April 9, 2002
William Thorsell, CEO of the Royal Ontario Museum, doesn’t need to fuss much about staying this side of the law. Yes, his museum’s wildly unorthodox, $200-million glass-sheathed expansion will stretch – if not break – a dumpster-load of bylaws, planning codes and other rules governing Toronto developments. But in the end, Toronto’s government will generally look the other way when it can and change the law when it can’t.
Building laws – these govern everything from the shape of buildings to the size of windows – are made for less prominent men. For Mr. Thorsell, such laws can be changed. Especially when the laws threaten to compromise a design from one of the world’s pre-eminent architects, Germany’s Daniel Libeskind.
“The bylaws are a living document,” explained Paul Gogan of Bregman + Hamann Architects, a Toronto firm hired, in part, to help steer the project through the city’s bureaucracy. Translation: With enough pull and enough time – and with enough money to hire firms such as Mr. Gogan’s – rigid building-related bylaws can morph into something more pleasing to the eye.
Mr. Thorsell is not alone in obtaining special treatment. The bylaws will also morph for Robert Birgeneau, president of the University of Toronto, which last week announced that Britain’s Lord Norman Foster, another celebrity architect, will be designing a landmark building for its pharmacy school. And for Allan Gotlieb, the chair of the Art Gallery of Ontario, which has hired Los Angeles superstar Frank Gehry. These showcase projects among others have given rise to “Toronto’s Architectural Renaissance,” as the celebrity projects are known.
The renaissance is much needed. Toronto’s architecture stands out for its drabness among North America’s major cities, a condition abetted by laws that discourage innovation and dictate the status quo. Mr. Thorsell and his highbrow peers, in taking on the status quo, are thus performing a public service.
But the public service, and the renaissance, should not be limited to a handful of high-profile projects. The rules stifle almost all projects, almost all the time. Knowing they’re in for a fight whenever they step outside the box, architects will avoid controversy whenever possible to spare themselves and their clients grief. A case in point. Toronto bylaws limit the overhang on roofs to 500 millimetres, a distance that effectively rules out, for example, the Arts and Crafts architecture made famous by the likes of Charles Rennie Macintosh and the early Frank Lloyd Wright. While Arts and Crafts homes are common in older Toronto districts, they’re all but impossible to find in many newer ones. Not because they would be more expensive to build. Not because the city would refuse to grant an exemption to the inexplicable 500-millimetre limit. New homes influenced by Arts and Crafts homes are often difficult to find in Toronto because obtaining permission for that roof overhang can delay a project by 90 days and, if the permission is denied, add thousands of dollars to the budget in architectural and hearings expenses. Much easier for the architect to show the client a risk-free design.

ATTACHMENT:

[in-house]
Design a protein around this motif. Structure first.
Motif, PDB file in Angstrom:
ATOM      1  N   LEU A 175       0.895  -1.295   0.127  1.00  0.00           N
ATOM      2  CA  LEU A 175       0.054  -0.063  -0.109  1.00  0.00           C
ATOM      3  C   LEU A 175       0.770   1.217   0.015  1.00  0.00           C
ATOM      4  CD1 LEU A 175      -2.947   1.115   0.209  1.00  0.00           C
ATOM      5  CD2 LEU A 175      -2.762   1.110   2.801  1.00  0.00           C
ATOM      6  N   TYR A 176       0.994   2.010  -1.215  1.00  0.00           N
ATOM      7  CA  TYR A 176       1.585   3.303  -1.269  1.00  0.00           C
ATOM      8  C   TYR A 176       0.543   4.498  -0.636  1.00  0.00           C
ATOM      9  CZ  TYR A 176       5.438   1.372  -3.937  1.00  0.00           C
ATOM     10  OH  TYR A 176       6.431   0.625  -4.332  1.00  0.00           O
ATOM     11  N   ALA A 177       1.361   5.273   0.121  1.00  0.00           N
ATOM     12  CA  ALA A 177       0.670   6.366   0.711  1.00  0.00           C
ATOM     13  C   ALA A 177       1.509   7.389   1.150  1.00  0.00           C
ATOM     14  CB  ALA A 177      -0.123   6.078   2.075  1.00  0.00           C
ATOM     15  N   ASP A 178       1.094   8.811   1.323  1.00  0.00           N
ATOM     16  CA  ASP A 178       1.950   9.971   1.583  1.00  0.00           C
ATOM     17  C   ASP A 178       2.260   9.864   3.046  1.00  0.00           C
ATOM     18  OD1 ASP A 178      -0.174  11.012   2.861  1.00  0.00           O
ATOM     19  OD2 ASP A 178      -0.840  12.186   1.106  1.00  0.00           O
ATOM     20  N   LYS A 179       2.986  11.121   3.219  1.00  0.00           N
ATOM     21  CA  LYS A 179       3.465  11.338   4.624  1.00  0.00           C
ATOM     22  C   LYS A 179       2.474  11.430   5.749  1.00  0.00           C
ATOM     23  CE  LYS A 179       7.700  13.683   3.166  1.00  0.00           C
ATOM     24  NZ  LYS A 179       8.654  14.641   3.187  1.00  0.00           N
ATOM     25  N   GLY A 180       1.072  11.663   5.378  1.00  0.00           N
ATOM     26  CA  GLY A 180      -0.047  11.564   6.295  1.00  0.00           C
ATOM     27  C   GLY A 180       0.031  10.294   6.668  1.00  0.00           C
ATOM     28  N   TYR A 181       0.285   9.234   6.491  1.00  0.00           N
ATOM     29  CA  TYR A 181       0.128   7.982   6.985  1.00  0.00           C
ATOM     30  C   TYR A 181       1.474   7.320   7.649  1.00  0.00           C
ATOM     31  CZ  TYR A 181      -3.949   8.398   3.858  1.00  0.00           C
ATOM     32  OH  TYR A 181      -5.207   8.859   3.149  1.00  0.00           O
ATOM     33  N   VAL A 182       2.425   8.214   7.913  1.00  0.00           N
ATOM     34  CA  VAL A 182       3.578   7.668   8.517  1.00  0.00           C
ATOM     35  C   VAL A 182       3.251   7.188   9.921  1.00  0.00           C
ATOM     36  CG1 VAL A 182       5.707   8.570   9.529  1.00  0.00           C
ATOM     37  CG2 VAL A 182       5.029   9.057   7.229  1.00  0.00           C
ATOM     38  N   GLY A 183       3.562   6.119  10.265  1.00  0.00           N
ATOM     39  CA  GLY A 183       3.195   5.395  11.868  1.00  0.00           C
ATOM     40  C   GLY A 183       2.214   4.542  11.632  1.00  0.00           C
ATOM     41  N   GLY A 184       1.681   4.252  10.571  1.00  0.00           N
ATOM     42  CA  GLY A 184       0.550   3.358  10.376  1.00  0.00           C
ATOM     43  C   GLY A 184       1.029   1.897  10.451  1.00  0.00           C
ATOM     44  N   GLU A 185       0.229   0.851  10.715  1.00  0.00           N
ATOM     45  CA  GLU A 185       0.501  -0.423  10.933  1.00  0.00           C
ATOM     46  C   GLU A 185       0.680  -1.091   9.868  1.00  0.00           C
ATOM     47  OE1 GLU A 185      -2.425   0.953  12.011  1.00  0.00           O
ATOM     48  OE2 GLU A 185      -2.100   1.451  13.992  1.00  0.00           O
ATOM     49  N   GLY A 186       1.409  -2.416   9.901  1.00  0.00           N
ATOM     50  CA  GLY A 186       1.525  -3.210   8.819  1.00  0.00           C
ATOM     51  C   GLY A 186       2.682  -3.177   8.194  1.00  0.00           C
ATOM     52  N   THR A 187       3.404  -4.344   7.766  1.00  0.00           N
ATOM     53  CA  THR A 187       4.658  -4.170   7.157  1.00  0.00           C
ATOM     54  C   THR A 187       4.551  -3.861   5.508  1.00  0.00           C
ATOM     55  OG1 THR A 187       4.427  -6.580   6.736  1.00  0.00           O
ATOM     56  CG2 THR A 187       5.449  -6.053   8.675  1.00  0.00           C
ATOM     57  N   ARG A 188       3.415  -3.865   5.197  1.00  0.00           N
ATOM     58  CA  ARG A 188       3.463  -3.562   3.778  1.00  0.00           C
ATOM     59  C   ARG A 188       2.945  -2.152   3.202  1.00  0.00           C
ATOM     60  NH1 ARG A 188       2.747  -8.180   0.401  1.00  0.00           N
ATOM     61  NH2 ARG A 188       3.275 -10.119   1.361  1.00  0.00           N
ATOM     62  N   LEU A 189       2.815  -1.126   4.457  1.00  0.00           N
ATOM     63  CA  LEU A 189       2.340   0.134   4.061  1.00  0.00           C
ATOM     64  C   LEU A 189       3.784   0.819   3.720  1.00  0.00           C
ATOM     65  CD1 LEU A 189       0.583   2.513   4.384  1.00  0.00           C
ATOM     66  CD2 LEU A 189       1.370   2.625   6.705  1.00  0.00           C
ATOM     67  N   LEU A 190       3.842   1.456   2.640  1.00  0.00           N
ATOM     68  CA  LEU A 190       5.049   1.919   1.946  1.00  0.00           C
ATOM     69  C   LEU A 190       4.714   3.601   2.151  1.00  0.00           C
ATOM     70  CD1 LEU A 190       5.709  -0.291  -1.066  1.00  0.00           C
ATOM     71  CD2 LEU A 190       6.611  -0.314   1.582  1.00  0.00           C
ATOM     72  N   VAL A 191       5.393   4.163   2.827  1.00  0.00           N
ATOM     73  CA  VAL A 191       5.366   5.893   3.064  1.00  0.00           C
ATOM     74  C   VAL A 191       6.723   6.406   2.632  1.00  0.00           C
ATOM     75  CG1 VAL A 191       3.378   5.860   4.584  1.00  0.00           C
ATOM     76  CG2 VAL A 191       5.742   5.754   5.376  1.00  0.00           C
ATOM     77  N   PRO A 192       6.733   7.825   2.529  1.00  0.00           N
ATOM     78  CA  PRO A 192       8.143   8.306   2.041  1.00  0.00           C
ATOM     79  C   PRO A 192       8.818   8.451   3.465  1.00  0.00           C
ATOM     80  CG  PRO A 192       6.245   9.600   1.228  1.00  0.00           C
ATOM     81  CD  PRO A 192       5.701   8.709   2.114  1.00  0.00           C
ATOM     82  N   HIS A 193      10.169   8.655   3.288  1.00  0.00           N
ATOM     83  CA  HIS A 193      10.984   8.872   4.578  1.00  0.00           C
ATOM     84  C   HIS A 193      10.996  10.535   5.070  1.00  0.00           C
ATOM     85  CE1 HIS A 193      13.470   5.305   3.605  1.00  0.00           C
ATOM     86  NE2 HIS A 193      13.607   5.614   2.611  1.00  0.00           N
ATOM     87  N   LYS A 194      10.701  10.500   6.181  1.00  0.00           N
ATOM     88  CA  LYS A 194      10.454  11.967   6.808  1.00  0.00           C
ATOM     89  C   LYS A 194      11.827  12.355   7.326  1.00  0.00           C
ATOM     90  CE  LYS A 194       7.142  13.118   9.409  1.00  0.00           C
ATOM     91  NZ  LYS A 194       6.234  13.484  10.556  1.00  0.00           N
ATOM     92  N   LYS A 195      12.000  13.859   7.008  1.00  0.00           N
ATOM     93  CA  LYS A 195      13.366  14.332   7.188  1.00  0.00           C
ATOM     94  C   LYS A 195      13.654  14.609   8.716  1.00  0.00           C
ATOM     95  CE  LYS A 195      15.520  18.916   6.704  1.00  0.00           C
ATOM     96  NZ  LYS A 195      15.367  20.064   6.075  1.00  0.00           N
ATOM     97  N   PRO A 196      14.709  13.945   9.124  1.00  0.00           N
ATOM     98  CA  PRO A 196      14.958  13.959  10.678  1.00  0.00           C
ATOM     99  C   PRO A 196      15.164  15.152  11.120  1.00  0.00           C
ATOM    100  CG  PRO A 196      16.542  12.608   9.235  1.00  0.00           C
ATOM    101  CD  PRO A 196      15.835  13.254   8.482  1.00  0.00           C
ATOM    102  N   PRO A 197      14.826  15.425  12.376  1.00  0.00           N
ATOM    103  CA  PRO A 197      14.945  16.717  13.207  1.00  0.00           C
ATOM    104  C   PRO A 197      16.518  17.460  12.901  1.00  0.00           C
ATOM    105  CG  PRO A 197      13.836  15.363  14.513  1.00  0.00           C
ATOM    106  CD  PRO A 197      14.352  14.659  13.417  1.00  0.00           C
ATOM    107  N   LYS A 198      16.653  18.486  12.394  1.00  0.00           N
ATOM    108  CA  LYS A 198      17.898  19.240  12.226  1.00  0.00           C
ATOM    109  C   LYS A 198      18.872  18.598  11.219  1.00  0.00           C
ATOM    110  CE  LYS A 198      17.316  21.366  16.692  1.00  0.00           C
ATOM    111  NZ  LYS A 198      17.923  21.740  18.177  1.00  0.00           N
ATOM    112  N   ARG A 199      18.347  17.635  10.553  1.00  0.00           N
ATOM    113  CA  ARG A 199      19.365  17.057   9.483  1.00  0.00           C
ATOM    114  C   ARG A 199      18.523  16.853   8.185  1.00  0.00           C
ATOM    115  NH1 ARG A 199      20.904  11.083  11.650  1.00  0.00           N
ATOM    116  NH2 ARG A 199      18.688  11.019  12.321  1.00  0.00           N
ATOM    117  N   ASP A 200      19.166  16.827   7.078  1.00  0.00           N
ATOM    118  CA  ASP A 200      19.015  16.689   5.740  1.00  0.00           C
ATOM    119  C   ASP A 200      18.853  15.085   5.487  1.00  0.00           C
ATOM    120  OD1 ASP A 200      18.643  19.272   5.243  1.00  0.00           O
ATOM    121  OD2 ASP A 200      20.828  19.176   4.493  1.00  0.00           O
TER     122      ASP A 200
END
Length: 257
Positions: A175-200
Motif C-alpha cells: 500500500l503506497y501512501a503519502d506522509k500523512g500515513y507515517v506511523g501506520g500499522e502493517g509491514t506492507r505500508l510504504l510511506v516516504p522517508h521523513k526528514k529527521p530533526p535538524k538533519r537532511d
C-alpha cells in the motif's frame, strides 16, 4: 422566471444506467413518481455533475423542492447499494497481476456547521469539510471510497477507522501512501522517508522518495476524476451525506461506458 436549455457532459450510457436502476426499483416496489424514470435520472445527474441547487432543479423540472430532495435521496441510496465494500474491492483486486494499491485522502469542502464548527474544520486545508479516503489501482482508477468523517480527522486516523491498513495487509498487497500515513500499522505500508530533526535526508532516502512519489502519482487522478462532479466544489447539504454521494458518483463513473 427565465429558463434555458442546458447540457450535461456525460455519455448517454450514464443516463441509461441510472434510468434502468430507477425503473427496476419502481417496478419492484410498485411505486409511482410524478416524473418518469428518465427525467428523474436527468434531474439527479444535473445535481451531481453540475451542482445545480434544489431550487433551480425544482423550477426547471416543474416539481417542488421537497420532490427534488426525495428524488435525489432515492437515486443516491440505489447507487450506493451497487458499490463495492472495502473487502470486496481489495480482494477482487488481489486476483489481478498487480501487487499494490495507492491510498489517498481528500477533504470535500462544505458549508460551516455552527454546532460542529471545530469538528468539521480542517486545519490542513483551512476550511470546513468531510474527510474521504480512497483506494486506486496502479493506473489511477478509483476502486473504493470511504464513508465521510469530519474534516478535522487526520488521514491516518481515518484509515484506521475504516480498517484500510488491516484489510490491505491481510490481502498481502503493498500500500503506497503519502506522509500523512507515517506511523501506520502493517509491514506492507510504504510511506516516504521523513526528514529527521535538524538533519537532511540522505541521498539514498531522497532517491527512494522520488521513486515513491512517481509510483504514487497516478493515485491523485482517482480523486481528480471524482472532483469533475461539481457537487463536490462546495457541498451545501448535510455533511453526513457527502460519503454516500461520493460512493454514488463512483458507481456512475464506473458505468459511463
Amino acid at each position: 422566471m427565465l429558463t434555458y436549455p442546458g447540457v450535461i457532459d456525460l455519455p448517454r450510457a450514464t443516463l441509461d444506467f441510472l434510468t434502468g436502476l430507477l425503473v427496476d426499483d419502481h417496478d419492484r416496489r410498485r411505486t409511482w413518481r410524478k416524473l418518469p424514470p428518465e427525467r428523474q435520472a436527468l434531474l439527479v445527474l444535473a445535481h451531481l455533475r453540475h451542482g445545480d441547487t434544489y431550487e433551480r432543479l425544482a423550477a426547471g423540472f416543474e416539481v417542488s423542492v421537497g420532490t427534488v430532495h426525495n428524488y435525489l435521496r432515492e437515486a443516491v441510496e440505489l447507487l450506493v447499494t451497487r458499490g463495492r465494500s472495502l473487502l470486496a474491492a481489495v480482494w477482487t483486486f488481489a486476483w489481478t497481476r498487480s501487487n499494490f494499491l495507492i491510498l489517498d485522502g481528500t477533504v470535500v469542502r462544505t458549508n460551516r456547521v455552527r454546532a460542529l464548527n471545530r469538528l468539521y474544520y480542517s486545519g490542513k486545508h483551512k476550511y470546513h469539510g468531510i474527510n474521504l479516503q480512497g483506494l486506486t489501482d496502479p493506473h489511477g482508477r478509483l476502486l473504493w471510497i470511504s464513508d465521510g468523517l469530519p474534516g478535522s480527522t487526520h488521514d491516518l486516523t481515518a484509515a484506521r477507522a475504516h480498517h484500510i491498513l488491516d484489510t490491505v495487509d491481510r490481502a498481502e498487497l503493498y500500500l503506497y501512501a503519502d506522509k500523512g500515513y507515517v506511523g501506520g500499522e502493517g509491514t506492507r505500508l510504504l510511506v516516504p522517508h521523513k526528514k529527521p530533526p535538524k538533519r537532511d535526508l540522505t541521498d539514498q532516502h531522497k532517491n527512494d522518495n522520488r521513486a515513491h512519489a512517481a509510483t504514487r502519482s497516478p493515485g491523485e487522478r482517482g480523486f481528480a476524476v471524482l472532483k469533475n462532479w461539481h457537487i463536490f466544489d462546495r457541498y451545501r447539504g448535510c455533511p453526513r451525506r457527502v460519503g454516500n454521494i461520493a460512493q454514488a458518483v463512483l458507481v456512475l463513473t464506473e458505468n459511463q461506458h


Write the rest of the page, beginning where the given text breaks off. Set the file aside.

Laws like these institutionalize mediocrity. While they doubtless do some good in some places at some times, and while some architects may work brilliantly under their constraints, the laws more often dampen the inspiration of architects and deaden the urban landscape. “Rules are based on protecting what’s already there instead of having a vision of what could be there,” explains Stephen Teeple, a Toronto architect involved in an earlier foreign-celebrity-designed, rule-breaking University of Toronto building – this one featuring an oversized cornice, six storeys up, that extends half-way across a road.
“Planning is too often negative, protectionist, preventing one from doing his very best,” adds Mr. Teeple. Ironically, planning attempts to protect the districts that were created prior to the existence of the rules that planners now deem so necessary.
While celebrity architects from away have more leeway to avoid rules than the local architects designing conventional buildings for average customers, celebrity architects, too, are held back. Mr. Libeskind’s design for the Royal Ontario Museum has already seen compromises in the arduous process required to bring any project to fruition – Mr. Thorsell has been negotiating with the city for months to keep objections at bay, and soon will be revisiting city officials to protect his project.
Projects that don’t have a William Thorsell, a Robert Birgeneau or an Allan Gotlieb behind them will not fare as well, not until we see a loosening of needlessly rigid rules, or a system of governance that doesn’t provide one set of rules for the powerful and another for the rest.